We analyzed the isotopic (13C and 15N) composition of a polycyclic terraced soil located in Santiago de Compostela (NW Spain) and compared it with previous results on total aluminum, iron and silicon and their fractionation by selective dissolution techniques. The aim was to recognize the imprints of land management changes, with particular attention to fertilization techniques applied during the use history of the terrace (~1600 y). The buried paleosol, found below the terraced layers, is considered to preserve the soil properties prior to the terrace construction. The isotopic composition (13C, 15N) provided evidence of extensive land use previous to the construction of the terrace, with the utilization of fire as liming and clearance tool. In the Late Antiquity and Early Medieval Ages the soil use was more intense and amendments with vegetal remains from nitrogen fixing shrubs were likely applied. Since the Early Middle Ages, animal wastes were used as a way to maintain or increase soil fertility because of an intensification of the agrarian use.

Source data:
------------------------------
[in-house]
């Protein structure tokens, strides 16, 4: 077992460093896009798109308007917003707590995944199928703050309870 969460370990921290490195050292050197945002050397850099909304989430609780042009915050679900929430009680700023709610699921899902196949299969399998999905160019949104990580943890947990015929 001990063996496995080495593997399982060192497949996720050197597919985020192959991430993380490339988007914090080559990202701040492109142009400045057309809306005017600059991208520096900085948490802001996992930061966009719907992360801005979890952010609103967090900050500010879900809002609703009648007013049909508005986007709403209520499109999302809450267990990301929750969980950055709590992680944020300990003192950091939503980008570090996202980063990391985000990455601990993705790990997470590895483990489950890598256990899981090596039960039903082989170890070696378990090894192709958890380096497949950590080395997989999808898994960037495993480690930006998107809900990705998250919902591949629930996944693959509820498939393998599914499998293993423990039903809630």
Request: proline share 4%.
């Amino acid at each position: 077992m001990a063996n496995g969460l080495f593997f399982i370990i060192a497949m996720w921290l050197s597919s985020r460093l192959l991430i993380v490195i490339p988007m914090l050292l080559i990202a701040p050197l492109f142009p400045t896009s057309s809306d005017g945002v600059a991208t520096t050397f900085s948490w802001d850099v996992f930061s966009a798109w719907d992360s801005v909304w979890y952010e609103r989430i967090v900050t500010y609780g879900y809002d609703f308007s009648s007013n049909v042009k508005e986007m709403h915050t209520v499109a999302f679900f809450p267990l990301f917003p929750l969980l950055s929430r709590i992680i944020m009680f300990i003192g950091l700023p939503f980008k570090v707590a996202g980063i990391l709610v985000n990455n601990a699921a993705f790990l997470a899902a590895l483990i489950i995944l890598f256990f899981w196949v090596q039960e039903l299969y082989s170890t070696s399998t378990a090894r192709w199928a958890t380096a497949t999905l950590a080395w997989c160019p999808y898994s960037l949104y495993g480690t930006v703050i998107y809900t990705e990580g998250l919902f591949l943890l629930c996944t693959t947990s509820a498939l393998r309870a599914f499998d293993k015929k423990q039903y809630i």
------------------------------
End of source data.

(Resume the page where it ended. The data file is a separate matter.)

|Translated title of the contribution||Deciphering the evolution of agrarian technologies during the last ~1600 years using the isotopic fingerprint (δ13C, δ15N) of a polycyclic terraced soil|
|Number of pages||15|
|Journal||Estudos do Quaternario|
|Publication status||Published - 2015|
- Isotopic composition
- Middle ages
- Soil management